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Babolat Pure Strike Tennis Racquet Review

Babolat Pure Strike Tennis Racquet Review

When Babolat announced that they would be releasing an entirely new family of player-oriented racquets called Pure Strike, lots of people got excited. Although they've had some control frames in the past, Babolat has been best known for lighter, more powerful frames like the Pure Drive and later on the AeroPro Drive. For players who are intimately familiar with Babolat's racquet lineup, the new Pure Strike family will be more or less replacing the Pure Storm family; however, the Pure Strike frames are completely new racquets and really aren't intended to be a direct replacement for the Pure Storms.

Although the Pure Strike line has several different racquet configurations—including a Pure Strike 100 and a Pure Strike 18x20—I decided to try the Pure Strike Tour first since it's fairly similar to my normal racquet. The Tour is definitely the heavyweight of the bunch, weighing in at 11.8 ounces strung. It has a 98 square inch head and an 18x20 string pattern. As you'd expect, the Pure Strike Tour (and the other Pure Strike racquets) feature plenty of proprietary Babolat technologies, but the real story is more about the Pure Strike Tour's solid feel and precision performance.

From the baseline, the Pure Strike Tour actually provided a bit more pop than I initially expected, but it's still a demanding control frame for advanced players who are taking big cuts at the ball. The Tour lends itself well to heavy-hitting and its weight helps provide a stable platform even when returning big shots. If you get stretched out or pulled out of position, be prepared to work for pace and depth; the Pure Strike Tour isn't going to give you much help. It did, however, seem to be fairly forgiving on off-center hits.

I tried the Pure Strike Tour without a dampener and was happy to hear a solid thwack at ball impact. I know some people prefer more of a ping sound, but that's just not for me. It's completely a personal preference, of course, and shouldn't really affect the playability of the racquet, but I never really liked racquets that were too "pingy."

The ball came off the racquet with plenty of spin and I was able to hit safe shots with margin as well as flatter shots when the situation demanded. My usual racquet has an 18x20 pattern like the Pure Strike Tour, so I'm used to it, but I wish Babolat had made a second version of the Tour with the same heft but a more open string pattern. The tennis world seems to be focused on mega-spin right now and I would've been interested to see how the Pure Strike Tour might have played with an open pattern.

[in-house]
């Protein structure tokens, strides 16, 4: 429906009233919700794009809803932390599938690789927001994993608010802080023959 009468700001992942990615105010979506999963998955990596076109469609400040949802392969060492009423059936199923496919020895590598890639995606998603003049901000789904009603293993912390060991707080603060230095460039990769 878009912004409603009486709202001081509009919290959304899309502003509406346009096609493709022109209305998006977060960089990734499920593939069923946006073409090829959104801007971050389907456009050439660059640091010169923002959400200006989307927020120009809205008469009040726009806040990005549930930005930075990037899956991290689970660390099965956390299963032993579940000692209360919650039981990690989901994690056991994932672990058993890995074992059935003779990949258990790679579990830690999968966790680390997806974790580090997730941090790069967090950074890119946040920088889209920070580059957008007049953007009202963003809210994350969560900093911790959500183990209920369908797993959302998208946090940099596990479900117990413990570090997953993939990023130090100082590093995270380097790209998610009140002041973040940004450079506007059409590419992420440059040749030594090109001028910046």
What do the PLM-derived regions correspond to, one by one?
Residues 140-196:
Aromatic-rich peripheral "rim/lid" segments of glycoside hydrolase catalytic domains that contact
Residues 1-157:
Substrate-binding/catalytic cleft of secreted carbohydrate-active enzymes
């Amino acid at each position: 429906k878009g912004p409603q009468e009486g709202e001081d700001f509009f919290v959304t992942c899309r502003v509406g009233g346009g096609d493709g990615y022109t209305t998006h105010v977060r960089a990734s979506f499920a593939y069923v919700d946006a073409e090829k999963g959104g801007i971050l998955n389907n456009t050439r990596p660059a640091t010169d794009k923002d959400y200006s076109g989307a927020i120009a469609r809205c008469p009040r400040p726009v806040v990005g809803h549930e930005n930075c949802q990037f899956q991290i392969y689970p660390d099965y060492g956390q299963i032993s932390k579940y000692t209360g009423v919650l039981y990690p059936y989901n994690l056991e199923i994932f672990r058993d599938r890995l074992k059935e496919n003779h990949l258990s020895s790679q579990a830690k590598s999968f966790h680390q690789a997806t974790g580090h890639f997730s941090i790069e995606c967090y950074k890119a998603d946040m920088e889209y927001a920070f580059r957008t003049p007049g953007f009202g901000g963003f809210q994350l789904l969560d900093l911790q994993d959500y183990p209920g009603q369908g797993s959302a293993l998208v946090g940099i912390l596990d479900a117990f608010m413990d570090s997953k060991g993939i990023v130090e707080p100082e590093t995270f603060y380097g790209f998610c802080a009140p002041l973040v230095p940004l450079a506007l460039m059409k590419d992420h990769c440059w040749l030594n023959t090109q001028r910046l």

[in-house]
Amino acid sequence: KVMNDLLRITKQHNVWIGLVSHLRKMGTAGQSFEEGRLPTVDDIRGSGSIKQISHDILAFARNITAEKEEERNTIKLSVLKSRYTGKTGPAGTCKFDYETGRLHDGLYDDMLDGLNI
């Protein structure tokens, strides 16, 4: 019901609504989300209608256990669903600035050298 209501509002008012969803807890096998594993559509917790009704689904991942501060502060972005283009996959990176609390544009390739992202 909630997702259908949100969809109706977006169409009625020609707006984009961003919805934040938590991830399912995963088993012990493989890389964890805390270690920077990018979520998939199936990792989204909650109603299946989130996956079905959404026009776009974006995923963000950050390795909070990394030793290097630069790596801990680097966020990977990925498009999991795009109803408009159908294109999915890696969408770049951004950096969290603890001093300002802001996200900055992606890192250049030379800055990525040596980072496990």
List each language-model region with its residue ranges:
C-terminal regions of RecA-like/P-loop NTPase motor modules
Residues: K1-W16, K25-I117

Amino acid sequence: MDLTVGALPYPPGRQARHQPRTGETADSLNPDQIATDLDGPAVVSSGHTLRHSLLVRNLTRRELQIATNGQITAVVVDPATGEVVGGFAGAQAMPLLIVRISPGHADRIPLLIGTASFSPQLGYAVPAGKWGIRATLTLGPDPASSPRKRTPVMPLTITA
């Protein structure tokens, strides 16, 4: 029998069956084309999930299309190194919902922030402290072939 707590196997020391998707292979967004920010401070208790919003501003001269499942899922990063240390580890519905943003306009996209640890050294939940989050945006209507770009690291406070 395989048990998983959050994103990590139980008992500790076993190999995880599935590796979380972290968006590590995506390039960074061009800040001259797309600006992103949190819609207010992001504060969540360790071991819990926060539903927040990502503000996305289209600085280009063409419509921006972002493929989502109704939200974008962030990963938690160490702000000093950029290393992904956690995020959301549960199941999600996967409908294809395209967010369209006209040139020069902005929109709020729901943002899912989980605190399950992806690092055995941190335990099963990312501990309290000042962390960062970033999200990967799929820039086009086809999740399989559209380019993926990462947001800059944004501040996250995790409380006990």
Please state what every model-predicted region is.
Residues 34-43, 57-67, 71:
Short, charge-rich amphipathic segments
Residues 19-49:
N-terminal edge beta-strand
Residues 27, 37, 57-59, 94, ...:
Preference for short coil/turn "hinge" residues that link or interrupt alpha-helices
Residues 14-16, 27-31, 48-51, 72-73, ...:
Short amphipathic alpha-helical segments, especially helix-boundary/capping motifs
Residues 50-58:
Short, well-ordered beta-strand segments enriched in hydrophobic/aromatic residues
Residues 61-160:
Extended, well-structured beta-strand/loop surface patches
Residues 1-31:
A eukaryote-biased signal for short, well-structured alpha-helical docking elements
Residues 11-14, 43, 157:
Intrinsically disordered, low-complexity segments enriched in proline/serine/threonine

Volleys felt solid and the Pure Strike Tour's weight made it stable enough to handle passing shots hit with lots of pace. But the weight is a little bit of a double-edged sword at the net. Even though the Pure Strike Tour is head light, it's still a heavy racquet and isn't the most maneuverable at net. It didn't bother me any but I don't spend that much time at net anyway. Serve-and-volley players or doubles players might be more interested in some of the lighter racquets in the Strike lineup, but if you don't mind the weight, there's no reason you can't serve-and-volley successfully with the Pure Strike Tour.

Serving with the Tour felt fine, but I didn't really notice any spectacular change in power or spin. Admittedly, my serve is usually a bit rusty by this time of the winter, but the Pure Strike Tour neither wowed nor disappointed. It just felt… normal. I was able effectively place first serves and the Pure Strike Tour gave me enough depth and spin on second serves so that most second-serve points at least started on neutral ground.

In the end, finding the right racquet is all about personal preference and a little bit of trial-and-error, so I can't say that the Pure Strike Tour is for everyone, but I liked it. As a whole, the Pure Strike Tour is really an impressive racquet that deserves some serious consideration from advanced players who are looking for a control-oriented frame. It has a nice, solid feel on groundstrokes, volleys, and serves, but won't provide a lot of extra power. While that's perfect for players who are used to generating their own pace, players looking for something a little more forgiving might be better served trying one of the other Pure Strike offerings—like the Pure Strike 100. I had no issues generating enough topspin, but folks looking for maximum spin might ultimately get better results trying something with a more open string pattern.

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